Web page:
Mitchell Joachim

Designing a city is like going to the gym. You need a vision and a plan for its ideal physique.

TED Fellow and Urban Designer

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Mitchell Joachim | TED Fellow and Urban Designer
Lavin Exclusive Speaker

Architect and designer Mitchell Joachim tackles the urban issues redefining our built environments and cities: his work boldly reassesses the way humans live together in the 21st Century. In mind-bending talks, Joachim envisions a future in which biology and architecture are a single discipline—and shares the ground-breaking work and disruptive ideas that will make that future a reality. 

A TED Fellow and partner at Planetary ONE, Mitchell Joachim adapts sustainable ecological principles to new developments in architecture, transportation, and environmental planning. Joachim is also the Co-President of Terreform ONE, where he develops new technologies for local sustainability in energy, transportation, infrastructure, buildings, waste treatment, food, water, and media spaces. His work offers the sheer excitement of opening minds to new ways of literally building the future.

 

Joachim's projects are disruptive but also practical. His work on the MIT Smart Cities Car (which Time called the Best Invention of 2007) pushed the envelope of urban mobility in an intelligent way, while his Fab Tree Lab (which was exhibited at MoMA) uses grafted cells to erect structures—and to rethink the way we build.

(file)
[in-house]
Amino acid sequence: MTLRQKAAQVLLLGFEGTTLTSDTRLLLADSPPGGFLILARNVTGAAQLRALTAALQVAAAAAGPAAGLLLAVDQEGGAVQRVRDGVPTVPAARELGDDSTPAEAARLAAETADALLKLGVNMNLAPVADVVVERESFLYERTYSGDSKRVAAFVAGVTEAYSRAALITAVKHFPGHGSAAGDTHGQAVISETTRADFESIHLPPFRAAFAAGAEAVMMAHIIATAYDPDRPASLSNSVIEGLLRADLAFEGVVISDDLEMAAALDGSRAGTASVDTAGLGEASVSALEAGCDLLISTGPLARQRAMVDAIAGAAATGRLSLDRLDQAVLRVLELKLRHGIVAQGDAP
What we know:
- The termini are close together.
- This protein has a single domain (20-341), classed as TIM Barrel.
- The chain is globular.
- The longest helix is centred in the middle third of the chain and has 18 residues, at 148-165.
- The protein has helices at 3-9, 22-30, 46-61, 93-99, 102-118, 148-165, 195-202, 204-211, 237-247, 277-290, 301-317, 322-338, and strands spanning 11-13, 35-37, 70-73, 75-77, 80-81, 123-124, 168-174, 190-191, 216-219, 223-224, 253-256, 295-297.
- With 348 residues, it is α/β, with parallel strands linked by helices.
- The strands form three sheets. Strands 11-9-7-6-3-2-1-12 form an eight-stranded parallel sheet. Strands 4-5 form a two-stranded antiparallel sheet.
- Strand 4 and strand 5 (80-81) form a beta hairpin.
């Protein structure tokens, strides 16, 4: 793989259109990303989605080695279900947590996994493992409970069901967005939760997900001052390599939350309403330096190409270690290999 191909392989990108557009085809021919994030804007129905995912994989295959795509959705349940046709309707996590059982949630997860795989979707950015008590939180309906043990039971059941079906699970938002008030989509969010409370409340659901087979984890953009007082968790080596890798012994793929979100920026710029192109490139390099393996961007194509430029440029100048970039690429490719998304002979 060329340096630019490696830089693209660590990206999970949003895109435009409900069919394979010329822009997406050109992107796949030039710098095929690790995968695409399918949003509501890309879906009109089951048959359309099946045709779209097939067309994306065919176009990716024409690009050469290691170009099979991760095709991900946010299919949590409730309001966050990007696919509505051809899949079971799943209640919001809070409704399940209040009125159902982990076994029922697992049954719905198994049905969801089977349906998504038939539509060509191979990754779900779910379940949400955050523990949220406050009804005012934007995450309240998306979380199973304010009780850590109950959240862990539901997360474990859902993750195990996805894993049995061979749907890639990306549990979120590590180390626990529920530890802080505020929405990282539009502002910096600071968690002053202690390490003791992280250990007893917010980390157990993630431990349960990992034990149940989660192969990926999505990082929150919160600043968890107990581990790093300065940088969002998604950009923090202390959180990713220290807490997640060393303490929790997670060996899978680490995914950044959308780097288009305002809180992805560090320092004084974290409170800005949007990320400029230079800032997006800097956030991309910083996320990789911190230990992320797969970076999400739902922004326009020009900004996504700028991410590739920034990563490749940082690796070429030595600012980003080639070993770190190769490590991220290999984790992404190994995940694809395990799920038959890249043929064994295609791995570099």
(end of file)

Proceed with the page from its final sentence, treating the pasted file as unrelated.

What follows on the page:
Mitchell Joachim is an Associate Professor at both NYU and the European Graduate School, and was the Frank Gehry Chair at the University of Toronto. He has been selected for Wired's 2008 Smart List (“15 People the Next President Should Listen To”) as well as Rolling Stone's 100 Agents of Change. In 2010, Popular Science named him as a visionary, envisioning “The Future of the Environment.”   

Speech Topics

Cities
The Organic City Urbanism Redefined
Mitchell Joachim inspires us to rethink our approach to urban environments by pointing to mind-bending technologies that are already transforming the way we live. When the elevator was introduced, the nature of buildings changed. The same shift occurred for cities built in response to widespread car traffic. Today, Joachim is working on the next big shift. It could be an intelligent “soft” car that networks with a city grid. It might involve grafting living cells into green residences that can reverse the last 150 years of inefficient living. Joachim envisions a future in which biology and architecture are a single discipline—and shares the ground-breaking work and disruptive ideas that will make that future a reality.